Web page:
Carlos Gutierrez from the Department of Commerce sent a letter today to Arlen Specter, expressing "strong support" for a "key element" of S. 1145: Applicant Quality Submissions (AQS).
The Administration strongly supports the AQS provision in the bill in its current form and believes that enactment will prove to be the strongest step toward improved patent quality. By reducing the number ofpoor quality and imprecise applications, applicant quality standards will result in dramatic reductions in patent pendency and backlog, as well as reduce the likelihood of excessive litigation. The current misalignment of information incentives slows and degrades the patenting process.Interestingly, the PTO appears to charge rejected applicants with draining PTO resources that would be better spent on examining "important innovations." Of course, the context of "important innovations" is unclear. However, it is clear that the PTO is expecting applicants to demonstrate their knowledge of the art before considering a patent application:
There is no one who has greater opportunity, information, or incentive to explain why an application deserves a patent grant than the applicant. There has been a sharp decline in the percentage of patents allowed, due in part to comprehensive internal quality improvements. However, the USPTO is now applying more than 55 percent of its examination resources to examining applications that do not warrant a patent. In order for additional quality and efficiency gains to accrue, the system must focus on the quality of applications. Stated simply, our innovation system can no longer afford the time and the cost of heavily subsidizing poor quality patent applications, which crowd out our most important innovations. Applicant quality standards are essential to improving and expediting the process by which new and innovative ideas become reality.Also, the PTO made clear that changes to inequitable conduct must be accompanied by "strong provisions" requiring AQS - anything short of that would "invite fraud on the patent system":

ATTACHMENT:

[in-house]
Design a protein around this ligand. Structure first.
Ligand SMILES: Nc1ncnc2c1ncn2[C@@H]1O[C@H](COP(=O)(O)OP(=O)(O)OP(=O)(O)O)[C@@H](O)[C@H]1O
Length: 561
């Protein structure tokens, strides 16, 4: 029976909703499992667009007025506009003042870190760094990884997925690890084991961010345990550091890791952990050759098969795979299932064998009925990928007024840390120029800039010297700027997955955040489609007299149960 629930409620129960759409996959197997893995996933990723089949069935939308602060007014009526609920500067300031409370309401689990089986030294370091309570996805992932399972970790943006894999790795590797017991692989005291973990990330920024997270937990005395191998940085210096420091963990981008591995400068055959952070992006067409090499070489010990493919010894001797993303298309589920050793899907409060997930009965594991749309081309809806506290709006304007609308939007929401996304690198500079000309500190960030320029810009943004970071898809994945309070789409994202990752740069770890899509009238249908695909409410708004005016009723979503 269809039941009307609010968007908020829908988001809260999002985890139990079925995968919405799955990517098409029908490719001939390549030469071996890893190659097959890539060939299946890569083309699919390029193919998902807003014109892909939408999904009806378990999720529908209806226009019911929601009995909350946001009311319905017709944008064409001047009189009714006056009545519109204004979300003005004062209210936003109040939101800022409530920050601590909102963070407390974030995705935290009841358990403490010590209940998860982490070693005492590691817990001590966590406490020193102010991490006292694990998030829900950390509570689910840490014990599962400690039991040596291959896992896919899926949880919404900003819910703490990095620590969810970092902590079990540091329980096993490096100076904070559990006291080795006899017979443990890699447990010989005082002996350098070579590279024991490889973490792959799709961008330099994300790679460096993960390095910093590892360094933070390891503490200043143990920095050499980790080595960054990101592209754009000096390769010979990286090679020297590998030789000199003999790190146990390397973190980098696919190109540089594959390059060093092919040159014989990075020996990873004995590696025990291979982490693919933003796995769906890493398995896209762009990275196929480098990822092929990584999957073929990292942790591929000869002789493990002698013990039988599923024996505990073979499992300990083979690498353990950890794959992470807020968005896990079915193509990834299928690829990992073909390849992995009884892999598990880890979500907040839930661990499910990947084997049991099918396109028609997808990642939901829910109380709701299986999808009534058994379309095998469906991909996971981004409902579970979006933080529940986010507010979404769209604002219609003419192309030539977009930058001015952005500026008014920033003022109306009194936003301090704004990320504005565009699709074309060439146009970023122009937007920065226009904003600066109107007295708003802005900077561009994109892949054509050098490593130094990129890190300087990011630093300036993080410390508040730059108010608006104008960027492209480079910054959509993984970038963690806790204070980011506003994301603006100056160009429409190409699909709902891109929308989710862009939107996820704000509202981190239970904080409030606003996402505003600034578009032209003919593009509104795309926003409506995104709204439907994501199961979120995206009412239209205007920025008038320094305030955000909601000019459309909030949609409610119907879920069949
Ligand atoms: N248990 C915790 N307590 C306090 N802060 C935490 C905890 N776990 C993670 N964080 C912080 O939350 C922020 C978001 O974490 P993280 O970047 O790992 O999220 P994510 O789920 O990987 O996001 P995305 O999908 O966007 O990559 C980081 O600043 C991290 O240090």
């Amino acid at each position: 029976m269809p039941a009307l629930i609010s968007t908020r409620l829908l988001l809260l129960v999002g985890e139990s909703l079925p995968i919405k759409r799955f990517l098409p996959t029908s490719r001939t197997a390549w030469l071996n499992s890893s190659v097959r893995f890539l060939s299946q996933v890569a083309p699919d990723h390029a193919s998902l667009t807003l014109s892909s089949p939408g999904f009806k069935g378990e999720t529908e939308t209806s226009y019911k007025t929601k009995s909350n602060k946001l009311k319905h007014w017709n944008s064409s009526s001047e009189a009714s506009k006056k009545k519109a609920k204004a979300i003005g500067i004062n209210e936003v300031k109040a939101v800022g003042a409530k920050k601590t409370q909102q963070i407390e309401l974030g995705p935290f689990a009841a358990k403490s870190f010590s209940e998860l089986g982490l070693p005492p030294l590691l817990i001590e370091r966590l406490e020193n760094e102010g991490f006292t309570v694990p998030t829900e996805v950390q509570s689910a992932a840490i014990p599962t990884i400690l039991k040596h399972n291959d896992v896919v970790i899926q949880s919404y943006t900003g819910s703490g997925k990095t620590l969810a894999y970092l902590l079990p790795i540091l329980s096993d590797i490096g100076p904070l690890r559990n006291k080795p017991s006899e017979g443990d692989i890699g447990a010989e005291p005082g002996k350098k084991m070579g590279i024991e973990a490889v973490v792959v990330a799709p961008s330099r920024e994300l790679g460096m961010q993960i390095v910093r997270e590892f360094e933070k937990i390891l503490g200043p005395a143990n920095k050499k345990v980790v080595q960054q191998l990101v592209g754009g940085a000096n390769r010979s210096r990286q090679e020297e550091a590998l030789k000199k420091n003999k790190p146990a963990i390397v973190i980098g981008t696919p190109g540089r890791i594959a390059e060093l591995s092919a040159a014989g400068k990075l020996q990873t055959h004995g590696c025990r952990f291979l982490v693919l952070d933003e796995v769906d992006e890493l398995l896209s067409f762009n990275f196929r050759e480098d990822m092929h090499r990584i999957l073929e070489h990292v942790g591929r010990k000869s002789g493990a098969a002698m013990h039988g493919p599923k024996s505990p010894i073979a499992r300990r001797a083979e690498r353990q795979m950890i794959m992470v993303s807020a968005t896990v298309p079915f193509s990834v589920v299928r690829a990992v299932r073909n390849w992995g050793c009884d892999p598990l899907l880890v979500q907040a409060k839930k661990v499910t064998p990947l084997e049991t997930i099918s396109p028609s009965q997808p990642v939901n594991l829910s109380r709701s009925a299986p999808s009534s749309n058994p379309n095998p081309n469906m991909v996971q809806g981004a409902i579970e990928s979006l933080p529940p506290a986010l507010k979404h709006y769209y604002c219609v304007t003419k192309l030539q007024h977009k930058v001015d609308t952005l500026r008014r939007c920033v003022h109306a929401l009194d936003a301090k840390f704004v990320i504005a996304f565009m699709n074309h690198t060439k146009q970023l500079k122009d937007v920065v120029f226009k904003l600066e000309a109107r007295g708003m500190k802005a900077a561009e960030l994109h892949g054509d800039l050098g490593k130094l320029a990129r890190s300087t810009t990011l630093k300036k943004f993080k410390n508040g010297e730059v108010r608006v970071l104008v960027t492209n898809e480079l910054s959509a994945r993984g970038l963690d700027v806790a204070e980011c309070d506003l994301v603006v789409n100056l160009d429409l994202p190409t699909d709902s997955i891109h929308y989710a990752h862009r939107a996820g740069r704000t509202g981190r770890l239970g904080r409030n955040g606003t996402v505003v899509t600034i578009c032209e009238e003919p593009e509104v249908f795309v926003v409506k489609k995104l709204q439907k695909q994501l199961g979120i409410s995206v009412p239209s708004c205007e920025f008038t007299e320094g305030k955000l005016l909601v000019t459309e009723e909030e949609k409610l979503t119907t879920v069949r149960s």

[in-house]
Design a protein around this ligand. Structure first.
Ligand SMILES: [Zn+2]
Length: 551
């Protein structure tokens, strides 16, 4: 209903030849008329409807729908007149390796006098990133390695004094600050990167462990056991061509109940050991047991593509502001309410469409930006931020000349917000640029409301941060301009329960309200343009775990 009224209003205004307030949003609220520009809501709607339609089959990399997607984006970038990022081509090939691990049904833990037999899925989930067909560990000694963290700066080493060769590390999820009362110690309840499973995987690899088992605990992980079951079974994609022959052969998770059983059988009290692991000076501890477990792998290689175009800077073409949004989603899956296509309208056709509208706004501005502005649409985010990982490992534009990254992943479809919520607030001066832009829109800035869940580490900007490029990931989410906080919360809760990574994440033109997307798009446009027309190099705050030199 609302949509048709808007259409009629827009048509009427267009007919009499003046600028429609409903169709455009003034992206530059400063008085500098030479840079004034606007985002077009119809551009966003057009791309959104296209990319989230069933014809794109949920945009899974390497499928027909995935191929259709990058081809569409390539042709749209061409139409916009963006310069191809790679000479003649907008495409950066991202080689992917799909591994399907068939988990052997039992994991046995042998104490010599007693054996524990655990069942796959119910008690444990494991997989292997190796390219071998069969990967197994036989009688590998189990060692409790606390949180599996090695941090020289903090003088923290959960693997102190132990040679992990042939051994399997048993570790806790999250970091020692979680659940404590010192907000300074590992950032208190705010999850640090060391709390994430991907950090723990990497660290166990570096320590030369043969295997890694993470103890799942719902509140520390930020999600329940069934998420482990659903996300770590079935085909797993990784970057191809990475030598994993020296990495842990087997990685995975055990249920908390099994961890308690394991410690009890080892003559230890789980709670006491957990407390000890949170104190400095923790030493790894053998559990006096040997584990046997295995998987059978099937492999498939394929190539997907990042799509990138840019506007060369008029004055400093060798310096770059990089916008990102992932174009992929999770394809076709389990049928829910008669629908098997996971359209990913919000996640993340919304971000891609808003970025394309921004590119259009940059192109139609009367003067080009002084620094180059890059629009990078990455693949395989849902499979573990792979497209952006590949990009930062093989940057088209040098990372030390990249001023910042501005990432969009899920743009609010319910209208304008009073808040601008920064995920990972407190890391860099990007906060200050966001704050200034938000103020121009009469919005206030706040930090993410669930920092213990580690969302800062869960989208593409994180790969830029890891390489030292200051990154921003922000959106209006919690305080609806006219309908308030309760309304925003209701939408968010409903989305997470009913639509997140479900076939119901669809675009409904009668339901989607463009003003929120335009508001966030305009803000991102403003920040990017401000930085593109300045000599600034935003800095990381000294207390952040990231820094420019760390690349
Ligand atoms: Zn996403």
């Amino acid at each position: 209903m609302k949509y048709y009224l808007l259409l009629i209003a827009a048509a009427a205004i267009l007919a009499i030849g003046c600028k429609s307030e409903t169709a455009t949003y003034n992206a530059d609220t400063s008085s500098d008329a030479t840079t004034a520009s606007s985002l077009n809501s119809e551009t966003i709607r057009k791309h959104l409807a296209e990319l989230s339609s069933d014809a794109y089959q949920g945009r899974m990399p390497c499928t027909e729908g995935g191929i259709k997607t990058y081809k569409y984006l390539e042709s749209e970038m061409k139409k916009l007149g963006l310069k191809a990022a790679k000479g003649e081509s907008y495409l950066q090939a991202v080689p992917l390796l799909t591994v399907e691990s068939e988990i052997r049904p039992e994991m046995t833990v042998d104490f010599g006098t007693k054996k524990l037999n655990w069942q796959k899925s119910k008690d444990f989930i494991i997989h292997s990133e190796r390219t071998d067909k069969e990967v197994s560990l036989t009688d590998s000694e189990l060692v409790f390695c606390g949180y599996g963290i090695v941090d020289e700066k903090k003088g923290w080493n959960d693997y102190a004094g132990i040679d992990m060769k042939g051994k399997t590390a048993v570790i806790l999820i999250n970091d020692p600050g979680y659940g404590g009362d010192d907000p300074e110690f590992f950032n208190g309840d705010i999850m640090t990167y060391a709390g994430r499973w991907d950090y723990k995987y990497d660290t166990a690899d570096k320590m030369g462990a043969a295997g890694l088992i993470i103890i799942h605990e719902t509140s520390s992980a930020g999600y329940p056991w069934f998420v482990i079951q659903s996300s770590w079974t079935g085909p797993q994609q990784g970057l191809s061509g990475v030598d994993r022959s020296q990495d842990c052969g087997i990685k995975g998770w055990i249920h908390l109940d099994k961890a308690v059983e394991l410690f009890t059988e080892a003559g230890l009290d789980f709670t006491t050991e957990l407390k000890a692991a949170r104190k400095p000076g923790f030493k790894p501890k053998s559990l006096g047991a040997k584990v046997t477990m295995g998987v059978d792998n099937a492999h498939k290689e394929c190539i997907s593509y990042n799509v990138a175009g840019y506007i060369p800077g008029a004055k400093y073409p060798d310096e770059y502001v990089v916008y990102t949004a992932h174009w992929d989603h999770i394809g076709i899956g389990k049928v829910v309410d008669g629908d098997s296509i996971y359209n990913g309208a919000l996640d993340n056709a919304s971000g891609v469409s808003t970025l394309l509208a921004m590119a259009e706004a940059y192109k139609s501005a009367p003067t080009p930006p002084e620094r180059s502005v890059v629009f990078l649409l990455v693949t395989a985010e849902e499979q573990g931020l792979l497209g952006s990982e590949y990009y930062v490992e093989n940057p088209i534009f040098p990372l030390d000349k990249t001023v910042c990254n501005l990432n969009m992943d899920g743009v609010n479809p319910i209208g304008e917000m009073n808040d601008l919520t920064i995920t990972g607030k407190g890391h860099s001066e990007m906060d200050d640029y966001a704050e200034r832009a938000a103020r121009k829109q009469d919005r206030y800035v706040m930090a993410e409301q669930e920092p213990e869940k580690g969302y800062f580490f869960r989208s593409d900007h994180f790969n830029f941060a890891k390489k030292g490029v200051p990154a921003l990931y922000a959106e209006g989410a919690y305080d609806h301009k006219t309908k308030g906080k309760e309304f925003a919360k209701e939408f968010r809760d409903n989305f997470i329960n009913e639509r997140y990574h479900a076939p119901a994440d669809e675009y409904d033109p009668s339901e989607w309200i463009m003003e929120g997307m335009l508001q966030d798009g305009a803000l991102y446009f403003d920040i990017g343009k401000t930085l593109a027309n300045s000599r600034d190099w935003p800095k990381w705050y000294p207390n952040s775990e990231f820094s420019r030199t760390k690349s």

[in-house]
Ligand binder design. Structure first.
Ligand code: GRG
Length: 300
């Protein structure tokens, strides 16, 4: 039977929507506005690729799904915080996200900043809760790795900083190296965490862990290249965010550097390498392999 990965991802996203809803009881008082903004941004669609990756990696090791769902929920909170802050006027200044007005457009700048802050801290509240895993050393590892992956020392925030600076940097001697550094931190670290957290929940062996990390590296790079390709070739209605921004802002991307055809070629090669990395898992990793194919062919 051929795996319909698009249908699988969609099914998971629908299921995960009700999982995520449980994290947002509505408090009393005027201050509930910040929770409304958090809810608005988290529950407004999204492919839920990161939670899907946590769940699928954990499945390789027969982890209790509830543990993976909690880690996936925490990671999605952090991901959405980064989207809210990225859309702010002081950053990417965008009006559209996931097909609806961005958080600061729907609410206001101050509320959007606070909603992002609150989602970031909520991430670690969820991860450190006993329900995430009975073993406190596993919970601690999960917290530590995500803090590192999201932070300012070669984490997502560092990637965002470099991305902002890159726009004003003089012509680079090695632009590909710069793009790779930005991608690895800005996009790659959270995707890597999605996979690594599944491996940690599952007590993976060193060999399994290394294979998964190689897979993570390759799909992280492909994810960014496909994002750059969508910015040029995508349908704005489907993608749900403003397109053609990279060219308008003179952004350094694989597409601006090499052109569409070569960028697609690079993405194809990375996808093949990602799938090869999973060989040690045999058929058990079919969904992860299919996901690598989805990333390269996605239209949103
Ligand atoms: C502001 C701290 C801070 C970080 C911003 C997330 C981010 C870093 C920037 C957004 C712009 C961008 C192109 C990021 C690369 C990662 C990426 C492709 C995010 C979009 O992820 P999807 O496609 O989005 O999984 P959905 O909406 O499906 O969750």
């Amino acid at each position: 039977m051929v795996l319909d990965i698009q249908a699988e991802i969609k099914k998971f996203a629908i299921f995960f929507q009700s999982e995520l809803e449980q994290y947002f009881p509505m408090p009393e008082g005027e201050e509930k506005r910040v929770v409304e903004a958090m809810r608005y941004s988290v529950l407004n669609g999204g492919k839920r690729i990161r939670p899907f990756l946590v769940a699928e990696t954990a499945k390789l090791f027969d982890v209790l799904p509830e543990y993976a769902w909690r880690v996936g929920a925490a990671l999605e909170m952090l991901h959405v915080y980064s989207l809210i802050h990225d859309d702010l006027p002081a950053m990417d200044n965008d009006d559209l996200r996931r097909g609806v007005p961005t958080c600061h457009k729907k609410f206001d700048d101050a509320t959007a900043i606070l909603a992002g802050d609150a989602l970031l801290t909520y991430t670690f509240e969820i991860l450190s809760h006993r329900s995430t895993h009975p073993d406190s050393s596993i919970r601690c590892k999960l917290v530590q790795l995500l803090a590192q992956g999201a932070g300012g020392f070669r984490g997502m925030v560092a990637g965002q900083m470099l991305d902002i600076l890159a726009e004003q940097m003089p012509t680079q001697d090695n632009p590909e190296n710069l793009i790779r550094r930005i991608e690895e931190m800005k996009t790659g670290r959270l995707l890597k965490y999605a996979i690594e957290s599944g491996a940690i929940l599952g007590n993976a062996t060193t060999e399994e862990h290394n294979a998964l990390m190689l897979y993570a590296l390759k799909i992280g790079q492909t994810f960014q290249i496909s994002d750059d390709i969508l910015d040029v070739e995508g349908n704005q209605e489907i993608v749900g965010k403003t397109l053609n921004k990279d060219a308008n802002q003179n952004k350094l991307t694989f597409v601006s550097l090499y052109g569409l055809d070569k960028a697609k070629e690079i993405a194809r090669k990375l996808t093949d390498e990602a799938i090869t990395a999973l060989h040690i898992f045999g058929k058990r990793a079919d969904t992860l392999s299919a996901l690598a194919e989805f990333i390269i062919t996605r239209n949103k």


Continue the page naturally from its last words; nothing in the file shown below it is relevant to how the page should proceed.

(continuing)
[T]he Administration strongly opposes any statutory changes to the doctrine of inequitable conduct in the absence of a strong provision requiring Applicant Quality Submissions. Applicant quality standards and inequitable conduct reform are inextricably linked. Diminishing the penalties for misrepresenting facts before the United States Patent and Trademark Office (USPTO) without also increasing the robustness of the process for eliciting quality information from applicants may lead to poorer quality applications, in tum increasing the difficulty of conducting accurate examinations. Inequitable conduct reform alone, without Applicant Quality Submissions, would merely invite fraud on the patent system.
Read/download the letter here (link)